Walking is more than a means of getting from point A to point Z (and all the points in between). In addition to its functional necessity, putting one foot in front of the other is also a highly effective and simple way to boost overall health and wellness. Increasing your step count on a consistent basis can help to burn calories, improve heart health, ease joint pain, reduce blood sugar levels, elevate mood, increase muscle tone and alleviate depression, among many other life-enriching benefits.|
But between rigorous work schedules, family obligations and a myriad of daily tasks, the biggest challenge might not be the actual physical demand of walking the walk, but finding the time to squeeze in the extra steps. Not all of us have the luxury of a spare hour—or even half an hour—to lace up and hit the pavement. The good news: Walking for 15 minutes, four times a day is just as advantageous as hoofing it for one full hour, though the benefits of the two are slightly different. Just as several small, nutritious snacks fuel your body throughout the day, short bouts of exercise can provide sustained cardiovascular benefits.
We’ve all heard that age-old benchmark of 10,000 steps per day, but experts are beginning to debunk that as a default target, as each person has unique challenges and abilities. Whether your daily goal is half that or twice as much, increasing your physical activity should always be the primary goal, as it is an important piece of the health, wellness and weight-loss puzzle. And keep in mind that we all burn calories through non-exercise activity, also known as non-exercise activity thermogenesis (N.E.A.T.).
No matter your current schedule or responsibilities, boosting your daily step count isn’t as challenging as you might think. Get started with some easy, incremental ways to elevate your walking game.
Just 15 minutes of brisk walking can burn 100 calories (for a 150-pound person). By using some of these sneaky-smart strategies to squeeze in some extra movement throughout the day, you can boost your weight-loss efforts, improve your cardiovascular health and elevate your mood and mental well-being.
- Have face-to-face conversations. Instead of hopping on the phone or shooting an email to a co-worker, get up and walk down the hall or up the stairs for an in-person exchange. Not only will you boost your step count, but you’ll also foster stronger communication with colleagues.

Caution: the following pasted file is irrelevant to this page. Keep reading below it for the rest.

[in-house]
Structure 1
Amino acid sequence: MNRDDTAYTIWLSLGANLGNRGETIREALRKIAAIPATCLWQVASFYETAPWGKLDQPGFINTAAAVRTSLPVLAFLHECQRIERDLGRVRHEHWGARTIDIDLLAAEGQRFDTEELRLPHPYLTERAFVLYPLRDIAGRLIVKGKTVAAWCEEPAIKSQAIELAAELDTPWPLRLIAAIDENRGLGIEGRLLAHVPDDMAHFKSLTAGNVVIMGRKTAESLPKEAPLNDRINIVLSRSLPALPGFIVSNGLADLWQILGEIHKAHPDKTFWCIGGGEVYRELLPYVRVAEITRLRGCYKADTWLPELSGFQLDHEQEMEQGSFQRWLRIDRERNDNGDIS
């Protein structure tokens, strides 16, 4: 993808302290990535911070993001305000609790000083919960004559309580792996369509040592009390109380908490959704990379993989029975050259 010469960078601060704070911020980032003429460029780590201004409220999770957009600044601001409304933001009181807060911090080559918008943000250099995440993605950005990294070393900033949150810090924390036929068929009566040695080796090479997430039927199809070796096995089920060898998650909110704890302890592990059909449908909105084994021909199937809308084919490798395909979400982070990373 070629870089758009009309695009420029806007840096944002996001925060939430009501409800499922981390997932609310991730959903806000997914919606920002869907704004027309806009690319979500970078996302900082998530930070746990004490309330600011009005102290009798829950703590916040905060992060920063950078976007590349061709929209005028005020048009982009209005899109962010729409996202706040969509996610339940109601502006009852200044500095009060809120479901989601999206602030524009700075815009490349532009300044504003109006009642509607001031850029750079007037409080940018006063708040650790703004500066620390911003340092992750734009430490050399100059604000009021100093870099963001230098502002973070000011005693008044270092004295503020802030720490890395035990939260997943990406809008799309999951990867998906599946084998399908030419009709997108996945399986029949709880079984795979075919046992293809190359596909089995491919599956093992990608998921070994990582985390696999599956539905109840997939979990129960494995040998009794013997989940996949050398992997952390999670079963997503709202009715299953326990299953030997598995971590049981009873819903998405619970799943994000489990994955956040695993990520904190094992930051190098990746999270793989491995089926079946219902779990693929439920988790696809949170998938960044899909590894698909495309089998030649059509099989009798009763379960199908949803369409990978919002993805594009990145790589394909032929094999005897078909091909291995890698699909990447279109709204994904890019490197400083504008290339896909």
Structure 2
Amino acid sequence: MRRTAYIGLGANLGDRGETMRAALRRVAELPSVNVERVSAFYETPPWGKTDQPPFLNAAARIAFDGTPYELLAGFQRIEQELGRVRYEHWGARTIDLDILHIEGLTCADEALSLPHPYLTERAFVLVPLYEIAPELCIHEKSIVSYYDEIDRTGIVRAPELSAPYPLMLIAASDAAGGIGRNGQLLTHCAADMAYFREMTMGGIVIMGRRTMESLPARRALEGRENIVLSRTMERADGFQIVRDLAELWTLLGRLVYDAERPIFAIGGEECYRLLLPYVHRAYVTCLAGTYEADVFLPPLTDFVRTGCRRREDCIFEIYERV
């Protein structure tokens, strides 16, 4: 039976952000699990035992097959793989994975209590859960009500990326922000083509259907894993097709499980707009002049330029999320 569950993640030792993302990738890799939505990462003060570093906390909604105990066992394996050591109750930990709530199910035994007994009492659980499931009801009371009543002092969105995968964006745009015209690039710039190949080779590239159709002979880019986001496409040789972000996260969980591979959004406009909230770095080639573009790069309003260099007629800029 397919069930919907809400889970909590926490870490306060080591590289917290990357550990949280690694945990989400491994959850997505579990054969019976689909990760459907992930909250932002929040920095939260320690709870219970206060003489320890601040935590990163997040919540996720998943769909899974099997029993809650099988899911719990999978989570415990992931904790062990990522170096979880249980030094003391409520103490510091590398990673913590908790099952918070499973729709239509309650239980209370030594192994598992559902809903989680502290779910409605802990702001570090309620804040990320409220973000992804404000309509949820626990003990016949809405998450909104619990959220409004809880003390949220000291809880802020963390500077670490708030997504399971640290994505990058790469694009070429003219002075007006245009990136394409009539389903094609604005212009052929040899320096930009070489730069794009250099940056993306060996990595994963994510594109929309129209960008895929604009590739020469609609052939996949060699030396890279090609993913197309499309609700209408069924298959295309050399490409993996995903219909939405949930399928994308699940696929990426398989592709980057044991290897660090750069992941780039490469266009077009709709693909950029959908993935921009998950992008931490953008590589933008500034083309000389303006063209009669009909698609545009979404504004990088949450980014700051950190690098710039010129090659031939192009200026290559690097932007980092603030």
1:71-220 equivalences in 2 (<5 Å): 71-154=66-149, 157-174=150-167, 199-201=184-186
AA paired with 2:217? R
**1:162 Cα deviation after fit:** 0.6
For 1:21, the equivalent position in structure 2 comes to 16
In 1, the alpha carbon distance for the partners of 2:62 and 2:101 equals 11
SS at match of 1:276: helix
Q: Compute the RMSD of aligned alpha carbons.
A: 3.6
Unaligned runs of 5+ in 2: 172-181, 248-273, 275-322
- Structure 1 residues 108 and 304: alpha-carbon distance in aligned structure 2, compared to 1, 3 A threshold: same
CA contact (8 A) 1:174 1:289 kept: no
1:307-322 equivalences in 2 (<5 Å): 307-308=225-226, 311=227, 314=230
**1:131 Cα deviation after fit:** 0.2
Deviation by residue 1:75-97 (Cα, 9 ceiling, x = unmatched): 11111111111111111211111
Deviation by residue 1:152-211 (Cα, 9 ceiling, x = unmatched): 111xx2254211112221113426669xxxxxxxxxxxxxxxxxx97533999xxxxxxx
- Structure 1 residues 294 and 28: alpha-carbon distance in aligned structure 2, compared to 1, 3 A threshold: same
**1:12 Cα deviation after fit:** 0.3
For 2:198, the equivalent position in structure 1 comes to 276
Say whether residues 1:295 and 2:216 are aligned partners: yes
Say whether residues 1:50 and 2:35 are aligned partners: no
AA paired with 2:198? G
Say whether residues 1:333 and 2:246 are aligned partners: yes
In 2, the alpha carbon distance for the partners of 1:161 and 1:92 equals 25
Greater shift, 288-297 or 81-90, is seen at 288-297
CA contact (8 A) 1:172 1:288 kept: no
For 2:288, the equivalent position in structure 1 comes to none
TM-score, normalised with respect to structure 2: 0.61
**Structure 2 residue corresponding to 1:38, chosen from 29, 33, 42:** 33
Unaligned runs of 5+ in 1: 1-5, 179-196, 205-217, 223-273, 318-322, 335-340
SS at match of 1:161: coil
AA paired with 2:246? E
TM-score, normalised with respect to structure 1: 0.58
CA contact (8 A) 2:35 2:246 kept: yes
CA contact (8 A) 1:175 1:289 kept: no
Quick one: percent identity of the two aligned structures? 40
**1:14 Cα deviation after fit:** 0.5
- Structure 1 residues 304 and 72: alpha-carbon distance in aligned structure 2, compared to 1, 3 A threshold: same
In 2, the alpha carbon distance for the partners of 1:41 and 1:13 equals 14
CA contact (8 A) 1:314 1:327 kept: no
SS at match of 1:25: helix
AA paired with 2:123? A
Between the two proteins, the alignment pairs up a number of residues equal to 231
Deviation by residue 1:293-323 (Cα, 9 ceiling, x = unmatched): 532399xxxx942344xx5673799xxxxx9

- Avoid the elevator. It may save time, but by hopping in an elevator, you're missing out on an opportunity to burn more calories. When given the option, always choose the stairs over elevators and escalators.
- Seek out other walkers. When you socialize with other steppers—whether they’re co-workers, next-door neighbors or family members—it will be much easier to squeeze in impromptu walks. Instead of hitting happy hour, see if they're interested in catching up on life while walking through the park by your house.
- Walk a dog. If you happen to own one, this can easily become part of your daily routine, and will benefit both you and your pooch. If you’re dogless, offer to walk a neighbor’s, family member’s or friend’s dog. Many animal shelters also allow volunteers to come in and walk their four-legged residents. Having a purpose and function for walking can serve as an added motivation boost.
- Skip the grocery pickup or delivery. Navigating the aisles on foot will rack up extra steps, while also letting you evaluate nutrition labels up close.
- Try a treadmill desk. Instead of sitting in a chair all day, ask your boss about possibly investing in a treadmill desk. Hopping on even for a small portion of the day will allow you to boost your health and fitness while catching up on emails.
- Take public transport. Intentionally get off one stop early (or get on one stop late) and walk the remainder of the way.
- Treat walking like a stress release. When you feel anxious, overwhelmed or just out of sorts, walk your way back to a healthy state of mind instead of turning to unhealthy releases like snacking, smoking or drinking.
- Consider un-delegating some tasks. If you currently pay someone to deliver your groceries, clean your house, tend to your lawn or walk your dog, consider taking back some of those tasks. Not only will you get in more daily activity, you’ll also save some money.
- March in place while watching TV. Turn your next Netflix binge into a mini calorie-burning session.
- Keep comfortable shoes in reach. You’ll be much more likely to take impromptu walks if you have appropriate footwear on hand. Stash a pair in your car, office or anywhere you spend a large amount of time.
- Walk while you wait. Instead of sitting in doctors’ waiting rooms or in your car during a kid’s soccer practice, use that time to grab a quick stroll.
- Park far away from entrances. It’s a common tip for a reason—it works! Over the course of a week, all of those treks through parking lots really do add up.
- Suggest walking meetings. Instead of sitting around conference room tables, suggest to your colleagues that you take a walk around the building or head outside for a mobile meeting.
- Stretch out your tasks. Use the "one at a time" rule when carrying grocery bags in from the car, retrieving mail and packages, bringing items up and down the stairs and other tasks that are usually combined.